Slovenian Alpinist Pavle Kozjek Missing on Muztagh Tower

Posted on: August 25, 2008


Pavle Kozjek, as seen in "A Climber's Tale," Issue 6. It is reported that Kozjek fell through a cornice and is missing on Muztagh Tower (7284m), Karakoram, Pakistan; there remains hope that in the morning, a rescue attempt will be made. [Photo] Marko Prezelj

Renowned Slovenian alpinist Pavle Kozjek has been reported missing on the striking and seldom-climbed Muztagh Tower (7284m) in Pakistan's Karakoram range.

Kozjek, Dejan Miskovic and Gregor Kresal had traveled to Pakistan to attempt a new route on the unclimbed 2200-meter north face in alpine style. On Monday, August 25, Miskovic phoned friends in Slovenia that he and Kozjek had set up a bivy tent somewhere on the mountain near a cornice. Kozjek had emerged from the tent and approached the cornice when he fell down the face. The exact details of the incident are unclear, and there remains hope that in the morning, a rescue attempt will be made.

Readers of Alpinist will be familiar with Kozjek from two articles: "A Climber's Tale," in Issue 6, in which he recounted his apprenticeship and evolution as a climber; and Issue 20's "Borderline," in which he wrote about the 2006 murder of the Tibetan nun Kelsang Namtso by Chinese soldiers (Kozjek was first to release photos of the murder to the media), followed by his solo first ascent on the southwest face of Tibet's Cho Oyu (8201m). Many of his other climbs have been reported on alpinist.com, such as his new routes on Peru's Chacraraju Oeste, Siula Grande, Trapecio and Puscanturpa. Early in his career Kozjek established his reputation with climbs such as the Devil's Direttissima (ED+: VI 5.12a A4 WI5+, 1200m) on the east face of Cerro Torre (which he accomplished with the remarkably strong team of Francek Knez, Janez Jeglic, Slavc Sveticic and Silvo Karo) and the Slovenian Route on the south face of Shishapangma, which he climbed with legendary alpinist Andrej Stremfelj. As the introduction to "A Climber's Tale" put it, if Kozjek were American, his would be a household name. More important, the good style Kozjek applies to his climbs is always complemented by the demeanor of a gentleman.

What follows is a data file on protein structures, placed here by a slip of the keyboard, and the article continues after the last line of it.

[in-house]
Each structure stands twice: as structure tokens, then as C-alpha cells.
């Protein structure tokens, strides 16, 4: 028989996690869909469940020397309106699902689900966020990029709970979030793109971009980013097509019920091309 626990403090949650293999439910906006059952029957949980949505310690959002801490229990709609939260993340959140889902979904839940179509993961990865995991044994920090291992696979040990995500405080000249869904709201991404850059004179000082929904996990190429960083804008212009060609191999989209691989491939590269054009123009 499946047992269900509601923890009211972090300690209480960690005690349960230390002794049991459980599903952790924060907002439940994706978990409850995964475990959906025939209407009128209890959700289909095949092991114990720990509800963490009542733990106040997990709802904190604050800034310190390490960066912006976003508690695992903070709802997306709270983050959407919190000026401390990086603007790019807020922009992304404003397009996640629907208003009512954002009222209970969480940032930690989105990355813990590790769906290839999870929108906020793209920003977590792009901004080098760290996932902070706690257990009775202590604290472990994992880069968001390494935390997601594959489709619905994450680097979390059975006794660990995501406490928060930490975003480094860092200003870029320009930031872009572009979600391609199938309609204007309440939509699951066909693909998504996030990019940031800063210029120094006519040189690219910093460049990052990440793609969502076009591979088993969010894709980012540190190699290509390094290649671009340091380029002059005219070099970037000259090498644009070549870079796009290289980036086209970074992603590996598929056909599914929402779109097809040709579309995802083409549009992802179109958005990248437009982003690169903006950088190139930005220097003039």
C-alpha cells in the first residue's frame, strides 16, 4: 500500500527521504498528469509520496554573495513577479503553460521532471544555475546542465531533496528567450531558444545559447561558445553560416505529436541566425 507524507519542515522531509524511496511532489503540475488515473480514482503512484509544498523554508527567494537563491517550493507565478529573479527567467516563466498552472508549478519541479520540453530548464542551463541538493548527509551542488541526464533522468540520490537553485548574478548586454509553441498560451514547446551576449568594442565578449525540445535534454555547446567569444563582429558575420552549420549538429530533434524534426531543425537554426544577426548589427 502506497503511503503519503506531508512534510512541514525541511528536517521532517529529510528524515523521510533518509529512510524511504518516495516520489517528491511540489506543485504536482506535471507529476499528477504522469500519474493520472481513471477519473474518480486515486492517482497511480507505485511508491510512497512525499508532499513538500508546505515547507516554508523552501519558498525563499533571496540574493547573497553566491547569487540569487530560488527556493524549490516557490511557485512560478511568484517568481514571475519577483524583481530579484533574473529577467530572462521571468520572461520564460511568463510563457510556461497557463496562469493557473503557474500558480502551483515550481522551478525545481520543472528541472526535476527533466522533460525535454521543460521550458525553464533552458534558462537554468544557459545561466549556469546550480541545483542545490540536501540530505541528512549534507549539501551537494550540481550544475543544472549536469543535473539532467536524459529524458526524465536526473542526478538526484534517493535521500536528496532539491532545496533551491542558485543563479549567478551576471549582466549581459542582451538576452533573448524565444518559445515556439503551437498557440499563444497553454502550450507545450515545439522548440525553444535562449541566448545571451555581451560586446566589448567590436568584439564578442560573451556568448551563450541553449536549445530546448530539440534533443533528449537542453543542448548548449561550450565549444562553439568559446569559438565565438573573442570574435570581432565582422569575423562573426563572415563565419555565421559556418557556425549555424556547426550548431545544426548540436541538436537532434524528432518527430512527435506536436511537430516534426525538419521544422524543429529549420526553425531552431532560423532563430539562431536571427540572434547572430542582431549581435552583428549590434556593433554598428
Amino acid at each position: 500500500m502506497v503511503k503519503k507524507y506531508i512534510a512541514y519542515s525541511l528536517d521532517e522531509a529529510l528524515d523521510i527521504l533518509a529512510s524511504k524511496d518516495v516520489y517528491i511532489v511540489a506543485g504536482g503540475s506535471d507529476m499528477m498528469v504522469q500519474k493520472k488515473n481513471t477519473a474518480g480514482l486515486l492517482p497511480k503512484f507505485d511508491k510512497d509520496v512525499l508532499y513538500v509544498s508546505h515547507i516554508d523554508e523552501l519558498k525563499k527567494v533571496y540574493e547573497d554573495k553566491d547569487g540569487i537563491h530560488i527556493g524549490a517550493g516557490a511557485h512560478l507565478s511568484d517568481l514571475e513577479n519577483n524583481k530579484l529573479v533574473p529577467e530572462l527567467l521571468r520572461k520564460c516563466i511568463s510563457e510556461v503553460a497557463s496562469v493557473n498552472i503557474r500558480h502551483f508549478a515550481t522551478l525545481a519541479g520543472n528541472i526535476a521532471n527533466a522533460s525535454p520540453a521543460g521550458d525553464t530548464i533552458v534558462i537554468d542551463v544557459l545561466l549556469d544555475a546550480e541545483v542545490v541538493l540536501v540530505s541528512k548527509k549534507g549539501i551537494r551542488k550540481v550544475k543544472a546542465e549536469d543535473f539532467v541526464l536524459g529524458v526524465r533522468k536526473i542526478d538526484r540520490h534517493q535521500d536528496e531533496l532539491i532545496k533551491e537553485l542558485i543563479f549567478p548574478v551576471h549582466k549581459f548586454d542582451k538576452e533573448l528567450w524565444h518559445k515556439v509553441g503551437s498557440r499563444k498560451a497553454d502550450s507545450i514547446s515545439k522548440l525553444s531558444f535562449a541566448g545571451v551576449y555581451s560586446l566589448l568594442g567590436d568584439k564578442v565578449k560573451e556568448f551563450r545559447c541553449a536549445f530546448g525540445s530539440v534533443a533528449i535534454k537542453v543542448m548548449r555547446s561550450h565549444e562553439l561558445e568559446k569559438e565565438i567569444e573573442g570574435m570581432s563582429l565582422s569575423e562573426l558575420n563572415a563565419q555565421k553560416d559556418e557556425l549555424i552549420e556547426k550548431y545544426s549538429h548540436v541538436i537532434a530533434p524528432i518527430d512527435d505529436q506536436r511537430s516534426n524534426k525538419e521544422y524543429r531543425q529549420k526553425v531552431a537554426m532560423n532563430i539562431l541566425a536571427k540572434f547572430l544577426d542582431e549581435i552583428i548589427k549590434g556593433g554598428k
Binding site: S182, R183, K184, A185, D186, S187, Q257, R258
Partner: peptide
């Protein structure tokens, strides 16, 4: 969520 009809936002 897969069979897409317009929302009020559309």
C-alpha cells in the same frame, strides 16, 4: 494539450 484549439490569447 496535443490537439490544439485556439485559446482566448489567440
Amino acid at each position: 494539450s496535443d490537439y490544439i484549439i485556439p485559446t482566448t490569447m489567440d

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"There is no doubt he's a good climber," says Slovenian alpinist Marko Prezelj, "but as a person, he is even better. He's a visionary, not a follower. But he is always positive, and always very nice. He inspires many young alpinists, and he manages to strike a balance between a commercial approach and a climber's approach with dignity. He is very popular here in Slovenia."

More news on Kozjek, Miskovic and Kresal will be reported as it becomes available.

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